British Airways’ 14-hour flight from Santiago de Chile to London, currently the airline’s longest flight, was enjoyable enough. A few bumps. Get some sleep. No significant delay. Although of course there is a queue at Heathrow; After all, it was dawn on a Saturday morning.
The last thing I wanted was to get on another plane. But after leaving the UK on a strike day three weeks ago – in anticipation of more trouble – I booked an add-on north to Manchester. That’s exactly what it was. There has been a more or less general shutdown affecting all UK rail services.
In the end, the 40-minute flight and the two-hour wait for it were painless. But my carbon footprint was rising. My guilt was too high. And I miss the train journey—that slow, thoughtful arrival that lets you adjust to a new season, another time zone, being home again.
The French government’s decision to ban short-haul flights where there is a rail alternative is a punch to the stomach, especially for British train-loving travelers like me right now.
The ban, which was given the green light by the European Commission, will end flights between Paris Orly Airport and the cities of Nantes, Bordeaux and Lyon. The French government has successfully demonstrated that a 2.5-hour train journey is better for passengers and the environment than a domestic flight.
As rail services develop, more routes may be added, including routes between Paris Charles de Gaulle and Lyon and Rennes, and journeys between Lyon and Marseille.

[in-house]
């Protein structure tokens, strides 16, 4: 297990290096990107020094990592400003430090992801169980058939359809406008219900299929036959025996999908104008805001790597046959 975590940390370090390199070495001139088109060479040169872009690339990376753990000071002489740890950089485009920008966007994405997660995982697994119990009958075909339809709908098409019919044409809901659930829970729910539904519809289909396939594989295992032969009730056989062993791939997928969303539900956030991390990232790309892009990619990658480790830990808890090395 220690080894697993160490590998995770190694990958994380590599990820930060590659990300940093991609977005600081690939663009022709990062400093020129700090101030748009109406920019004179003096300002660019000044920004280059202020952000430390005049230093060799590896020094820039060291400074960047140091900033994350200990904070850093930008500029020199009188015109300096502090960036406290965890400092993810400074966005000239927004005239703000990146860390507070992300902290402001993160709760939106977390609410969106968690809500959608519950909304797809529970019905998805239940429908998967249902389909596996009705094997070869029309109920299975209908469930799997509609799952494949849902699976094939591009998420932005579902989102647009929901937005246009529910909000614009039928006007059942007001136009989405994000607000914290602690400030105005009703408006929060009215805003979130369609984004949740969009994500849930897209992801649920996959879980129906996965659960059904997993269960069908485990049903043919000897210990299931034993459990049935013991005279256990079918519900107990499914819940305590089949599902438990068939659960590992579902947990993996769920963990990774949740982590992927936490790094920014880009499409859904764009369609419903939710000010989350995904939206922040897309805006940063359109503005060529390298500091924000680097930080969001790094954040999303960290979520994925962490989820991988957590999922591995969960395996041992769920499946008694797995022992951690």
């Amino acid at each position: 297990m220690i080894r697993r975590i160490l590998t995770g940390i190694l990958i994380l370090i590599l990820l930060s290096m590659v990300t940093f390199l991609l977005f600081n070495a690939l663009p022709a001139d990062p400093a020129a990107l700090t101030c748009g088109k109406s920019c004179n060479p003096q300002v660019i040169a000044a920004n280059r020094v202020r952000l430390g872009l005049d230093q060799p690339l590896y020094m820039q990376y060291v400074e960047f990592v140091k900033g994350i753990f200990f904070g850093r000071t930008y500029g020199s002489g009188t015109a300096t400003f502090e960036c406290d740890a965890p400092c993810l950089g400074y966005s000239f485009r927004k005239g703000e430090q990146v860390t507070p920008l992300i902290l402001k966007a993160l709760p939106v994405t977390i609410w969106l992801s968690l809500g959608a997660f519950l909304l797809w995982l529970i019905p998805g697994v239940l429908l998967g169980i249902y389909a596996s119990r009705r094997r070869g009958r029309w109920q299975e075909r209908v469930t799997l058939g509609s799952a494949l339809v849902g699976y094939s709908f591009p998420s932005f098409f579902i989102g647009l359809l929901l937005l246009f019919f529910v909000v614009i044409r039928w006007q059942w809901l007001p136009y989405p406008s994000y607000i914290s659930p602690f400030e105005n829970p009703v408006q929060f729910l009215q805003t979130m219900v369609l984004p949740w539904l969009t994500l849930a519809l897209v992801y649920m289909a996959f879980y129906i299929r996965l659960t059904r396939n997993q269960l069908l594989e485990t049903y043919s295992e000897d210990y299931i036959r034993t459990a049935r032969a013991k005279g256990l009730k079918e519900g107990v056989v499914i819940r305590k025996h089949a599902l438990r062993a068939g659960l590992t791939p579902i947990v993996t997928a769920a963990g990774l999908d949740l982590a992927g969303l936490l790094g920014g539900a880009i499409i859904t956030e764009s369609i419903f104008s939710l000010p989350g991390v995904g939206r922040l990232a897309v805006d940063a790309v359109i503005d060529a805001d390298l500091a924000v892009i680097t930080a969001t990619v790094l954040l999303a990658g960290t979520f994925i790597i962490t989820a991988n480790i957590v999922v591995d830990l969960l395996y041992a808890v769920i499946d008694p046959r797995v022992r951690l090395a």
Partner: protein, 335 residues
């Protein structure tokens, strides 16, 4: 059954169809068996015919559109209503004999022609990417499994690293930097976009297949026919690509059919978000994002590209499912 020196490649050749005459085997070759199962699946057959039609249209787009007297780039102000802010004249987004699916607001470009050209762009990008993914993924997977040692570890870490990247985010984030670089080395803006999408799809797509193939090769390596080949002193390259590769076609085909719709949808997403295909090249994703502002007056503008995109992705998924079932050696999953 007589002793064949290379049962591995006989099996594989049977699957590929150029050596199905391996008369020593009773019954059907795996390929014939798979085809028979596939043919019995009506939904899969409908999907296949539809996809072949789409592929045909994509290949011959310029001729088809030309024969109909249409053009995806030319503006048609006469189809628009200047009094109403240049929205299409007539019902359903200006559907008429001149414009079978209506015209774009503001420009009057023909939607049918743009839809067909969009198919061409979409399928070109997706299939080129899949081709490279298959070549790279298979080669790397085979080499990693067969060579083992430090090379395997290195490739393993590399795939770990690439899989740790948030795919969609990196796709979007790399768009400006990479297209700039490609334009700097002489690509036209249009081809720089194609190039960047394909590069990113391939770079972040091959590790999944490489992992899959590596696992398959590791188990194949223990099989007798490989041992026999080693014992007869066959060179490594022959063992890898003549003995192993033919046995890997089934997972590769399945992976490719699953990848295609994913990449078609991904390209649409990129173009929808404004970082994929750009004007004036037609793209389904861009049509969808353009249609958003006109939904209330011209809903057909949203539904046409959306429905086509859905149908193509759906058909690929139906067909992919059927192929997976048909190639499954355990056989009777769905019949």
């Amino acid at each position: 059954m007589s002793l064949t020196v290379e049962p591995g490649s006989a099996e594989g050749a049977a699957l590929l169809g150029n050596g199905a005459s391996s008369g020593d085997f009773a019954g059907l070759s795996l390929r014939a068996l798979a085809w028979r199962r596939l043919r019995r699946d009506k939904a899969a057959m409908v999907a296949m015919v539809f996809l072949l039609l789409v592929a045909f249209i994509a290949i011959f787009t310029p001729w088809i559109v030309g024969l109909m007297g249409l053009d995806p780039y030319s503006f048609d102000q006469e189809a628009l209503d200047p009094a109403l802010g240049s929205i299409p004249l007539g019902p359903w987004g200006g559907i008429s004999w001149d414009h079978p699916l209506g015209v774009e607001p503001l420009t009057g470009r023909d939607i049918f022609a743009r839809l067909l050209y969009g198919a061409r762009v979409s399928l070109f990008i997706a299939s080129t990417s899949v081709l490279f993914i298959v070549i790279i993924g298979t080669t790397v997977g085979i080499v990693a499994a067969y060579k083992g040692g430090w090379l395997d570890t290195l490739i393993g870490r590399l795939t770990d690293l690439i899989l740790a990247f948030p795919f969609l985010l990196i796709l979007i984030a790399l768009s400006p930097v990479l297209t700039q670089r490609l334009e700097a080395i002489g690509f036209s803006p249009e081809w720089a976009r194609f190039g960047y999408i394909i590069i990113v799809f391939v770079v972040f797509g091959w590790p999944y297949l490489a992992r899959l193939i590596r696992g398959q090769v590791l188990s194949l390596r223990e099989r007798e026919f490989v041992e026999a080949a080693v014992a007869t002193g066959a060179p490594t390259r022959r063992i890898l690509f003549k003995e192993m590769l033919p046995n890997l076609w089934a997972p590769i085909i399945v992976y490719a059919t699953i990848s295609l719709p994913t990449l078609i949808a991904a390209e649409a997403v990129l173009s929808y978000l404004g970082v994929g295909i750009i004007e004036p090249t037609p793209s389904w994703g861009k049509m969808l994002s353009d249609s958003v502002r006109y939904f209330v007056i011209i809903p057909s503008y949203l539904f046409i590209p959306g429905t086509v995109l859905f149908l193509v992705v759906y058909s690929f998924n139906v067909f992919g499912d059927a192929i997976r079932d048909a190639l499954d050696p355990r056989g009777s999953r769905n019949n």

Environmentally conscious NGOs support the French decision with warnings.
“The ban on some short-haul flights in France is good news, but it’s also a fundamentally symbolic step,” says Charlène Fleury, coordinator of Stay Grounded France. “However, limiting it to alternate flights of less than 2.5 hours is woefully inadequate: it only eliminates three out of 100 air connections.”
But he adds: “This example could lead other countries to take similar measures and question short-haul routes in Europe.”
Willie Walsh, boss of IATA, the global airline industry trade association, said the plan was “total and utter nonsense,” as you might guess. However, KLM CEO Marjan Rintel argued that rail should not be seen as a competitor to air travel.
In a small country, a train can be a wonderful thing. City-to-city practicality suits metropolitan residents. Forward links are seamless and frequent in a functioning national network – for example, France, Switzerland or Germany. Trains stop at provincial stations, where airports are only for gliders and warplanes.
Train tickets used to be competitively priced. In the UK, before the pandemic, I would always choose the train after a flight, although it took longer and required a bus trip to Reading or a trip to London to get to Euston.
I knew airlines were offering opportunities for additional domestic flights, but I wanted to leave the departure lounges and luggage belts behind to stretch my legs and feel solid ground under my feet on landing. I wanted to wait around less, move more.
So could the UK adopt a similar plan to replace domestic flights with rail alternatives? And for whom will they be?
challenge for the UK
If trains are to become a true substitute for air travel, they must meet the needs of both long-distance leisure and business travelers and those who need to get home from Heathrow, the country’s only serious international air hub.